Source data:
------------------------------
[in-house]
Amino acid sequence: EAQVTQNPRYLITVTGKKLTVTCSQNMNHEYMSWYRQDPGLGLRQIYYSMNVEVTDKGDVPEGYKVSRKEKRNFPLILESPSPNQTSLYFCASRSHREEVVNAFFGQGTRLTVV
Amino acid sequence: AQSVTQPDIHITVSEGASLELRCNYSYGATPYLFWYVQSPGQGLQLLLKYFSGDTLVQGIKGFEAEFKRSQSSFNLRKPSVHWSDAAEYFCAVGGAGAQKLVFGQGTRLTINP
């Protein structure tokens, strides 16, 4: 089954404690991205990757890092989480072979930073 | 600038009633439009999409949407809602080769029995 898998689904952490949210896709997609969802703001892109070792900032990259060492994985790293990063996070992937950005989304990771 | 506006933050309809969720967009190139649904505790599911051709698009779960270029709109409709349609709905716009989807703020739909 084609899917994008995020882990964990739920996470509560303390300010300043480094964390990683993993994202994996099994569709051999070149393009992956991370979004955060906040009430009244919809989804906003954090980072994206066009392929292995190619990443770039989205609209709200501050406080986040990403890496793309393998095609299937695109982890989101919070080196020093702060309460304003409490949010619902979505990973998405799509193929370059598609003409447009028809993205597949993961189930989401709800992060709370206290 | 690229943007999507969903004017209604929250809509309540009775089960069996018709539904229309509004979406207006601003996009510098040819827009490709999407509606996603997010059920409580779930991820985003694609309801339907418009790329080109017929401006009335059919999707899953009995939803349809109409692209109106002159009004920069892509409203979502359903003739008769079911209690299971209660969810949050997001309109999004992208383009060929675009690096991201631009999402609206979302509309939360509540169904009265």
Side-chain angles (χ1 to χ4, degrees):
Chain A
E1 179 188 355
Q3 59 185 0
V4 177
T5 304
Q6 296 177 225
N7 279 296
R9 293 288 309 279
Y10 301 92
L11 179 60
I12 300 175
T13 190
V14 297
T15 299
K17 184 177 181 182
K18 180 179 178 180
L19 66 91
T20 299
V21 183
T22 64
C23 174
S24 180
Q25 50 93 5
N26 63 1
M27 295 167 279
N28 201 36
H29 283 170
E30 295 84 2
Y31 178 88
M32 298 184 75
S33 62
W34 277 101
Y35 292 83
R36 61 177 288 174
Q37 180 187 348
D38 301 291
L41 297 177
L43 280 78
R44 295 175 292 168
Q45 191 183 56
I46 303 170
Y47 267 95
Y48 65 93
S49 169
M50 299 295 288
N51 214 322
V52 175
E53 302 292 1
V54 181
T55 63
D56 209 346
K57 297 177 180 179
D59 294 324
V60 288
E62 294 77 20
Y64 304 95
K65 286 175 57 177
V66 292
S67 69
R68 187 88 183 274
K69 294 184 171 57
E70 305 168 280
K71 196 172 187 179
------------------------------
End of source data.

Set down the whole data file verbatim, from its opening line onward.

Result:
[in-house]
Amino acid sequence: EAQVTQNPRYLITVTGKKLTVTCSQNMNHEYMSWYRQDPGLGLRQIYYSMNVEVTDKGDVPEGYKVSRKEKRNFPLILESPSPNQTSLYFCASRSHREEVVNAFFGQGTRLTVV
Amino acid sequence: AQSVTQPDIHITVSEGASLELRCNYSYGATPYLFWYVQSPGQGLQLLLKYFSGDTLVQGIKGFEAEFKRSQSSFNLRKPSVHWSDAAEYFCAVGGAGAQKLVFGQGTRLTINP
């Protein structure tokens, strides 16, 4: 089954404690991205990757890092989480072979930073 | 600038009633439009999409949407809602080769029995 898998689904952490949210896709997609969802703001892109070792900032990259060492994985790293990063996070992937950005989304990771 | 506006933050309809969720967009190139649904505790599911051709698009779960270029709109409709349609709905716009989807703020739909 084609899917994008995020882990964990739920996470509560303390300010300043480094964390990683993993994202994996099994569709051999070149393009992956991370979004955060906040009430009244919809989804906003954090980072994206066009392929292995190619990443770039989205609209709200501050406080986040990403890496793309393998095609299937695109982890989101919070080196020093702060309460304003409490949010619902979505990973998405799509193929370059598609003409447009028809993205597949993961189930989401709800992060709370206290 | 690229943007999507969903004017209604929250809509309540009775089960069996018709539904229309509004979406207006601003996009510098040819827009490709999407509606996603997010059920409580779930991820985003694609309801339907418009790329080109017929401006009335059919999707899953009995939803349809109409692209109106002159009004920069892509409203979502359903003739008769079911209690299971209660969810949050997001309109999004992208383009060929675009690096991201631009999402609206979302509309939360509540169904009265």
Side-chain angles (χ1 to χ4, degrees):
Chain A
E1 179 188 355
Q3 59 185 0
V4 177
T5 304
Q6 296 177 225
N7 279 296
R9 293 288 309 279
Y10 301 92
L11 179 60
I12 300 175
T13 190
V14 297
T15 299
K17 184 177 181 182
K18 180 179 178 180
L19 66 91
T20 299
V21 183
T22 64
C23 174
S24 180
Q25 50 93 5
N26 63 1
M27 295 167 279
N28 201 36
H29 283 170
E30 295 84 2
Y31 178 88
M32 298 184 75
S33 62
W34 277 101
Y35 292 83
R36 61 177 288 174
Q37 180 187 348
D38 301 291
L41 297 177
L43 280 78
R44 295 175 292 168
Q45 191 183 56
I46 303 170
Y47 267 95
Y48 65 93
S49 169
M50 299 295 288
N51 214 322
V52 175
E53 302 292 1
V54 181
T55 63
D56 209 346
K57 297 177 180 179
D59 294 324
V60 288
E62 294 77 20
Y64 304 95
K65 286 175 57 177
V66 292
S67 69
R68 187 88 183 274
K69 294 184 171 57
E70 305 168 280
K71 196 172 187 179